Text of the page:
For employers, this right to resort to expeditious and independent arbitration was intended not to promote rational decision-making about workplace discipline, it was also an acknowledgment that the elaborate procedural requirements that had been developed prior to the current LRA were inefficient and inappropriate, and that if a dismissal for misconduct was disputed, arbitration was the primary forum for determination of the dispute by application of a more formal process.
The balance struck by the LRA thus recognises not only that managers are not experienced judicial officers, but also that workplace efficiency should not be unduly impeded by onerous procedural requirements. It also recognises that to require onerous workplace disciplinary procedures is inconsistent with a right to expeditious arbitration on merits.
When Schedule 8 refers to an opportunity that must be given by the employer to the employee to state a case in response to any allegations made against that employee, which need no be a formal inquiry, it means no more than that there should be dialogue and an opportunity for reflection before any decision is taken to dismiss. In the absence of exceptional circumstance, the substantive content of this process as defined, requires the conducting of an investigation, notification to the employee of any allegations that may flow from that investigation, and an opportunity, with reasonable time to prepare a response to the employer’s allegations with the assistance of a trade union Initiator or a fellow employee, should the employee wish to be assisted.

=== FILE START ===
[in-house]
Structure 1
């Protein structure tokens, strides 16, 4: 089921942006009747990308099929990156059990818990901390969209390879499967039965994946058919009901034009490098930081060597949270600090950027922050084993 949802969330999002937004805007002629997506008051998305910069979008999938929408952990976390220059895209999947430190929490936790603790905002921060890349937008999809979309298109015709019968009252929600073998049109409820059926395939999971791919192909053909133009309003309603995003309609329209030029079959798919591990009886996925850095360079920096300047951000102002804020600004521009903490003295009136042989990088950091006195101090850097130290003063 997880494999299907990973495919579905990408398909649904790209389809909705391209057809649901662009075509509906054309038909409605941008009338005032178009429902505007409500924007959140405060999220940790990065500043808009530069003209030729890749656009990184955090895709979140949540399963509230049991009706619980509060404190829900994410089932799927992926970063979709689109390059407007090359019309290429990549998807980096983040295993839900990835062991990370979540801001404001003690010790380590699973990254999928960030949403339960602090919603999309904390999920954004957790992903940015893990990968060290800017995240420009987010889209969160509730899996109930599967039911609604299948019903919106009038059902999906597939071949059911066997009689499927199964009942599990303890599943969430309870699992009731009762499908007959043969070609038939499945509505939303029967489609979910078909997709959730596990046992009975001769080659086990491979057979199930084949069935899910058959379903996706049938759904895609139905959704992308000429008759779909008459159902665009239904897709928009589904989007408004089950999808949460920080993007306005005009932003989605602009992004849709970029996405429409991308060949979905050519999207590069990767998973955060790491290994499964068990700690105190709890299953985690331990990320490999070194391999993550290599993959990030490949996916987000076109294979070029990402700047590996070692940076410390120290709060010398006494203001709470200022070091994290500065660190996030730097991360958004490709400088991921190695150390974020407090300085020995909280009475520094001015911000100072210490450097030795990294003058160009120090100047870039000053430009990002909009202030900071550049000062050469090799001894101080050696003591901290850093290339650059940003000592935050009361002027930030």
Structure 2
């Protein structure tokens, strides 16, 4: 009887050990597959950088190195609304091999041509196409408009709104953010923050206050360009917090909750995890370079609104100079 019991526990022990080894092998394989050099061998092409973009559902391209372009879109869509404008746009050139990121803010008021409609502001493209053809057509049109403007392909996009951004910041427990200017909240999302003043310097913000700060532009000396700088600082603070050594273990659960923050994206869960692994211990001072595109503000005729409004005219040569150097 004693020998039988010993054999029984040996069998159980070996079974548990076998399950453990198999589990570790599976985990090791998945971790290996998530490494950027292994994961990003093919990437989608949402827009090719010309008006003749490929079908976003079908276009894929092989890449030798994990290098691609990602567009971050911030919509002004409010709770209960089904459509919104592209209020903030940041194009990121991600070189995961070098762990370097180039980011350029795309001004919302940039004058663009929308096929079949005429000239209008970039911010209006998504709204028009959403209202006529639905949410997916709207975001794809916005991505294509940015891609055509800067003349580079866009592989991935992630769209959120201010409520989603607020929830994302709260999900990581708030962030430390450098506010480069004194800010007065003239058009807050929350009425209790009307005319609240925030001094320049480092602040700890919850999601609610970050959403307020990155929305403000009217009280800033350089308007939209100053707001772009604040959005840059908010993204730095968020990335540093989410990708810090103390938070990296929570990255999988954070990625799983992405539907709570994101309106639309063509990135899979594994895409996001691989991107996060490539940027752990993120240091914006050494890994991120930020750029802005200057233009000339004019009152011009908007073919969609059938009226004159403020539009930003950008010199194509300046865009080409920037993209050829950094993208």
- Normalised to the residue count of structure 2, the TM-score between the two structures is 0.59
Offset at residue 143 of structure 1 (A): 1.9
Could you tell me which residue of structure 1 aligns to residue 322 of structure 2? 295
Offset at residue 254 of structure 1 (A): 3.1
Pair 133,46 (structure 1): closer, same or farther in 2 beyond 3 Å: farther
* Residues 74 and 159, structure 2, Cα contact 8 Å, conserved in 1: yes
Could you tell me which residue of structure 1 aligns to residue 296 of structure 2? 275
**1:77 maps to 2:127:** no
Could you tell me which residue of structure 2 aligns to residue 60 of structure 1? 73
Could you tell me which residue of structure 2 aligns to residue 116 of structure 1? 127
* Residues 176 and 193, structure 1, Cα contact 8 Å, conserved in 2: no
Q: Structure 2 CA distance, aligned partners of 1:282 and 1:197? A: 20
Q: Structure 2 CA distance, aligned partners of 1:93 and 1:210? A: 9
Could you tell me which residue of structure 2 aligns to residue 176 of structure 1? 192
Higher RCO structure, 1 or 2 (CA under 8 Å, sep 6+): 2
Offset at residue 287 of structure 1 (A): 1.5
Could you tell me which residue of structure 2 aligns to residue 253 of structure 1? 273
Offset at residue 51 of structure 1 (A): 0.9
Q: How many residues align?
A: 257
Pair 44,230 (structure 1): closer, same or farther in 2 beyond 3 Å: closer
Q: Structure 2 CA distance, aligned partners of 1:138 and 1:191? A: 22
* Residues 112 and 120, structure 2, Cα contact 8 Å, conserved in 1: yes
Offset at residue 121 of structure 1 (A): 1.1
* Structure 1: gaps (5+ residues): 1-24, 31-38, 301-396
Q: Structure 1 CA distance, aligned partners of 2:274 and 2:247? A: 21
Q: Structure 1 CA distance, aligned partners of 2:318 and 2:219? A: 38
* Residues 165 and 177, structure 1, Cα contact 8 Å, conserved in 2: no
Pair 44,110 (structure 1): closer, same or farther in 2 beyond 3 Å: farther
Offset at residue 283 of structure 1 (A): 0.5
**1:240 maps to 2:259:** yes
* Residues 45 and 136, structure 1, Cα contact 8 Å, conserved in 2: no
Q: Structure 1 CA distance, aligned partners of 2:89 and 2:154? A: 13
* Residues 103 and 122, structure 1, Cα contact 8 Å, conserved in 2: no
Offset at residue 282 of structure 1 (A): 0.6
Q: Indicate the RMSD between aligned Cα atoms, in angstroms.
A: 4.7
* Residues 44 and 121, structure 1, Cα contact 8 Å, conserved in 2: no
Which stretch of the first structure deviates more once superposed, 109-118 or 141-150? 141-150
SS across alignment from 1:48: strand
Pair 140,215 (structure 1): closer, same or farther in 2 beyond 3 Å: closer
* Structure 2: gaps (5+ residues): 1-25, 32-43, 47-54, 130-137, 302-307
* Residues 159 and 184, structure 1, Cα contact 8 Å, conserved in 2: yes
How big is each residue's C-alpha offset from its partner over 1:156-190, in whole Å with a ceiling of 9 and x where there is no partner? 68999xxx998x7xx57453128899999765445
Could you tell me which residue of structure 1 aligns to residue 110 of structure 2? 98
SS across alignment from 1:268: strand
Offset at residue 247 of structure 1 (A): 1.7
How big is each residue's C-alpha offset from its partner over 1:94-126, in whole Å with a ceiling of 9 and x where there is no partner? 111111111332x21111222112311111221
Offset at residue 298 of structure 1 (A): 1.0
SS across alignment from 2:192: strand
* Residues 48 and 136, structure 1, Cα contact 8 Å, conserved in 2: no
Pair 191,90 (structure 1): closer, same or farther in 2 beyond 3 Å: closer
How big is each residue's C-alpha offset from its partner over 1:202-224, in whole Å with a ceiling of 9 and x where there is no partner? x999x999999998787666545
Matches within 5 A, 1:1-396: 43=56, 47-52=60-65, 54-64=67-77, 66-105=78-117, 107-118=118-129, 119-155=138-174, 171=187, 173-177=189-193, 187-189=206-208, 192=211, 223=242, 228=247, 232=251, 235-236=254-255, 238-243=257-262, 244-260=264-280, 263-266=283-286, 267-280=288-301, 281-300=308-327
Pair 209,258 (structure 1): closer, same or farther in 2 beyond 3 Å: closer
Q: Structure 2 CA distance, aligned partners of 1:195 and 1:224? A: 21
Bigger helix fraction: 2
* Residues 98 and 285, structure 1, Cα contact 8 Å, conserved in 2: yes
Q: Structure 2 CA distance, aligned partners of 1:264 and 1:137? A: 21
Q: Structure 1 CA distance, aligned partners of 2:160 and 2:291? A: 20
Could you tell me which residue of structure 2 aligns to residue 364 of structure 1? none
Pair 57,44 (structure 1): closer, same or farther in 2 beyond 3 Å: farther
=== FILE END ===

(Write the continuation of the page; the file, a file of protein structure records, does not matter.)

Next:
The employer should then communicate the decision taken, and preferably communicate this in writing. If the decision is to dismiss the employee, the employee should be given the reason for the dismissal and be reminded of their rights to refer any disputed dismissal to the CCMA and or Bargaining Council.
Employers who have certain procedures set out in disciplinary codes and procedures should adhere to those procedures, as well. This may include overturning a decision taken by the Chairperson and or the employee being afforded an internal appeals process, before referring a dispute.